Sun Ovens Can Be Mobile Too

I met with one of the more interesting early-stage startups I’ve ran across this morning in East Austin. They’re nestled in a heavily wooded lot that’s a maker’s paradise.  More to come on that, but here’s one of the more creative schematics: a sun oven mounted on a bicycle.

Digging Through This Report From HBR – “The New Global Energy Economy”

The New Global Energy Economy

Solar’s Tipping Point Is Already Here

This chart was timely coming out of yesterday’s Texas Renewable Energy Industry Association’s (TREIA] energy forum. The forum addressed a lot of the challenges around “resource adequacy” and the power grid. Solar played a big a part in the discussions for some obvious reasons, but one of the things that resonated with me was the fixed price element. Both panels agreed, that’s something more conventional power can’t compete with. Other thoughts centered on solar’s growing pains, with most shrugging their shoulders at the cost of panels and global competition. I pulled the chart below from this report from McKinsey.


Enhanced by Zemanta

Microwave-Free And Not Looking Back

I think we’ve crossed the chasm. We’ve been without a microwave for several months now and I’m confident we’re not looking back. Jen sent  me this piece on Mother Nature Network listing some pros and cons. The biggest challenge, though 1stworld-ish, might be the dishes stacking up because we use more pots for warming.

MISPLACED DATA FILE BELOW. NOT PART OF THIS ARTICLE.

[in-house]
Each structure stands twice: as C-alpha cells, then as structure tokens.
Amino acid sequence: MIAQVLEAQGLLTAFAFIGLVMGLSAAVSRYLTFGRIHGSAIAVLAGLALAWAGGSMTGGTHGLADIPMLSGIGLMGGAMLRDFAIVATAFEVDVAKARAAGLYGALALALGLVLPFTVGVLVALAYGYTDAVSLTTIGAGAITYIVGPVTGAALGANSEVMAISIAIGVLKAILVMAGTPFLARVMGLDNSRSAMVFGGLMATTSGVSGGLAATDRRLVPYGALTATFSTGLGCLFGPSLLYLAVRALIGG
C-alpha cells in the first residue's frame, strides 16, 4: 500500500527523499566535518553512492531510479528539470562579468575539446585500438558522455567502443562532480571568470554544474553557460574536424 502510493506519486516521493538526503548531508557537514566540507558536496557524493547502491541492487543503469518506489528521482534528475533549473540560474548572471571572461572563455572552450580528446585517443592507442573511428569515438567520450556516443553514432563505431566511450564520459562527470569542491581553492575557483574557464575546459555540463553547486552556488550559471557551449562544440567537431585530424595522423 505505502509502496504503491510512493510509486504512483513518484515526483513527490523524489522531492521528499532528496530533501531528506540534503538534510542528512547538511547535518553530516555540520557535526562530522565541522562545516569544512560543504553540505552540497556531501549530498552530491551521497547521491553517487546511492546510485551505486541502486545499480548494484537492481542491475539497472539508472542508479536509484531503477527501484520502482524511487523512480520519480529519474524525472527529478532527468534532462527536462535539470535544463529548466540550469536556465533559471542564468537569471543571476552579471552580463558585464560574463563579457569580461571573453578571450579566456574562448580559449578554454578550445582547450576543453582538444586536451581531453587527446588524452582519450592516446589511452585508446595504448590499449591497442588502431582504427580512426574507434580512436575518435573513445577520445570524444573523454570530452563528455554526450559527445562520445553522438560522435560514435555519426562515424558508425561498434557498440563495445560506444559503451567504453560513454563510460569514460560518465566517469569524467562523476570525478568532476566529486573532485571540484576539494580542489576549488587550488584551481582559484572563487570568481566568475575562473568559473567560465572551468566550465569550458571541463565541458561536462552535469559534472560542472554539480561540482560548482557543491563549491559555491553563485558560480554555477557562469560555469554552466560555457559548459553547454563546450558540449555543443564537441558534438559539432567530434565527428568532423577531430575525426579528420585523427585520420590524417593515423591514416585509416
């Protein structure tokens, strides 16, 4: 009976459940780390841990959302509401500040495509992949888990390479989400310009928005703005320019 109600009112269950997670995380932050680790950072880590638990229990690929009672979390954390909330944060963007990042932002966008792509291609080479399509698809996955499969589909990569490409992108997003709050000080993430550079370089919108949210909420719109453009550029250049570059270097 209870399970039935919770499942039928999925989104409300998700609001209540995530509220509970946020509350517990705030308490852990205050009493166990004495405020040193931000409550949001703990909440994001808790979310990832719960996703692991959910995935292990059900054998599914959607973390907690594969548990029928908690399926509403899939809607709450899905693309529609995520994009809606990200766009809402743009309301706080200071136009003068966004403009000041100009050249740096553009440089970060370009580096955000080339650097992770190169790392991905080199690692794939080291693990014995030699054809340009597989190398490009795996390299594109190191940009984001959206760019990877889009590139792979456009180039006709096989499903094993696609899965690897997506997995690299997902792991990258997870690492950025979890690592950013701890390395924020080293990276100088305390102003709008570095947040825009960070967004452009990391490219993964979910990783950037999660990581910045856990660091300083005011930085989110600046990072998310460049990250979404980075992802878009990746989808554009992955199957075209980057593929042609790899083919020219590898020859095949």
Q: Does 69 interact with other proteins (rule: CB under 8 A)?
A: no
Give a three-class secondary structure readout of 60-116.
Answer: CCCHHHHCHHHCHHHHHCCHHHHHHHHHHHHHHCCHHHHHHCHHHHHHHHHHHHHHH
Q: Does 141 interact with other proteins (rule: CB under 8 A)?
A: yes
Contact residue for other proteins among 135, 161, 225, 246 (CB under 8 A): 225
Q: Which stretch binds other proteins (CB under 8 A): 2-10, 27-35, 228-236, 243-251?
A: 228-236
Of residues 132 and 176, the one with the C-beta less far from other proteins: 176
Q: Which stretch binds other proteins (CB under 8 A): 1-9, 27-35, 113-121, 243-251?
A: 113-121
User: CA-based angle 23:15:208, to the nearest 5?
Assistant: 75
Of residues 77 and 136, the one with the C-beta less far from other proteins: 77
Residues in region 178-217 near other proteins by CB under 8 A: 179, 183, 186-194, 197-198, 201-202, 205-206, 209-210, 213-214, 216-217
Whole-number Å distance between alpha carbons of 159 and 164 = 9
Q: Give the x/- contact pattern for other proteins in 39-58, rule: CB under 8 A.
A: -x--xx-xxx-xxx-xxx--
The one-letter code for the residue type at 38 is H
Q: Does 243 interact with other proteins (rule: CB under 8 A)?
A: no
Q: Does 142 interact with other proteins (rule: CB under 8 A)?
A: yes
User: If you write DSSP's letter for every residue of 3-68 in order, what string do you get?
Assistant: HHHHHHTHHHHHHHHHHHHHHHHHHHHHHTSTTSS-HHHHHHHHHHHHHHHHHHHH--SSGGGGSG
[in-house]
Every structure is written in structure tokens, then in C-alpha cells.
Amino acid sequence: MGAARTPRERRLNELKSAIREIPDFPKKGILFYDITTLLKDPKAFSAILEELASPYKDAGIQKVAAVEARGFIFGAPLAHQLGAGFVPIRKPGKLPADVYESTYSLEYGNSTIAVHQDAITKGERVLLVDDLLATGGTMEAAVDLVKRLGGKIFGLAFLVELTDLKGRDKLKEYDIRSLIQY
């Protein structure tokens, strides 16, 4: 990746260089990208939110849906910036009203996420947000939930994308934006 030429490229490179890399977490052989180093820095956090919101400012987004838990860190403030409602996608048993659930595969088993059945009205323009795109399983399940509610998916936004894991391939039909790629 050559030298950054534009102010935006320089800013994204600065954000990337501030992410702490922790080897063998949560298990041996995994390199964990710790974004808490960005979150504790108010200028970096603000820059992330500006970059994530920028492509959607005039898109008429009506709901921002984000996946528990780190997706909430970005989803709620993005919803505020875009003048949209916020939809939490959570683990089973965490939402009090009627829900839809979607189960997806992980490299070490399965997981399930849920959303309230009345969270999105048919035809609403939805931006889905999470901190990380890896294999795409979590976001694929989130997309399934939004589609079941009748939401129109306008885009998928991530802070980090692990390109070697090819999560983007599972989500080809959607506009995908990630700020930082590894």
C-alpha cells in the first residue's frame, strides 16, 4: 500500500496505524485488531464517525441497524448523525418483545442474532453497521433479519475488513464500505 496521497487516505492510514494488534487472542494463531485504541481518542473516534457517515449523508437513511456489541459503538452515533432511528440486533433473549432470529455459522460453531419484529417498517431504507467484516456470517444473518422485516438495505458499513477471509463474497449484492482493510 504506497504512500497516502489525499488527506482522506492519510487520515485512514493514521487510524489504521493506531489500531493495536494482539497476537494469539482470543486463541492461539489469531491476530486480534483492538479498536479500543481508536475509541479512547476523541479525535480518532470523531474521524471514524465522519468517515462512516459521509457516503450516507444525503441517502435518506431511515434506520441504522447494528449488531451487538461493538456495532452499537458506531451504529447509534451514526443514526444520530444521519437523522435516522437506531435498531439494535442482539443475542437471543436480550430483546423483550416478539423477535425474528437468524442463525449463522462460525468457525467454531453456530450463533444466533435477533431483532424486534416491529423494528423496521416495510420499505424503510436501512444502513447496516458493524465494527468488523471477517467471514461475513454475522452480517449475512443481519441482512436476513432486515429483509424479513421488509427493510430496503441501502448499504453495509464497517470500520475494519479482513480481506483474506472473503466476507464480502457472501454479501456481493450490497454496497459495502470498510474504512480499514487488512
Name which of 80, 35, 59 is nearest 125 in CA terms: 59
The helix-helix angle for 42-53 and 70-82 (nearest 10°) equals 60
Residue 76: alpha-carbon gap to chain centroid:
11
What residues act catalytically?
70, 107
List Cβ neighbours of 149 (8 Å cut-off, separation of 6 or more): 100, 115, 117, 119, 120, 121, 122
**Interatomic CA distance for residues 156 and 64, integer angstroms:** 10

Again, not a huge issue, unless you also don’t own a dishwasher..like us. That probably won’t be long-term though — it was mostly driven by some ideas we had about renovating the kitchen. The other thing we use for heating things up is the sun oven. It takes a bit longer, but you just have to plan ahead a bit and give yourself a few more minutes. And don’t forget zero electricity..a big one if you’re keeping tabs on your usage.

 

Key Difference When Discussing Renewable Subsidies

The wind and solar companies argue that the tax breaks they are seeking are different. The tax credits can be taken only by businesses that are already up and running, so taxpayers are less likely to be stuck subsidizing a failing company, proponents say.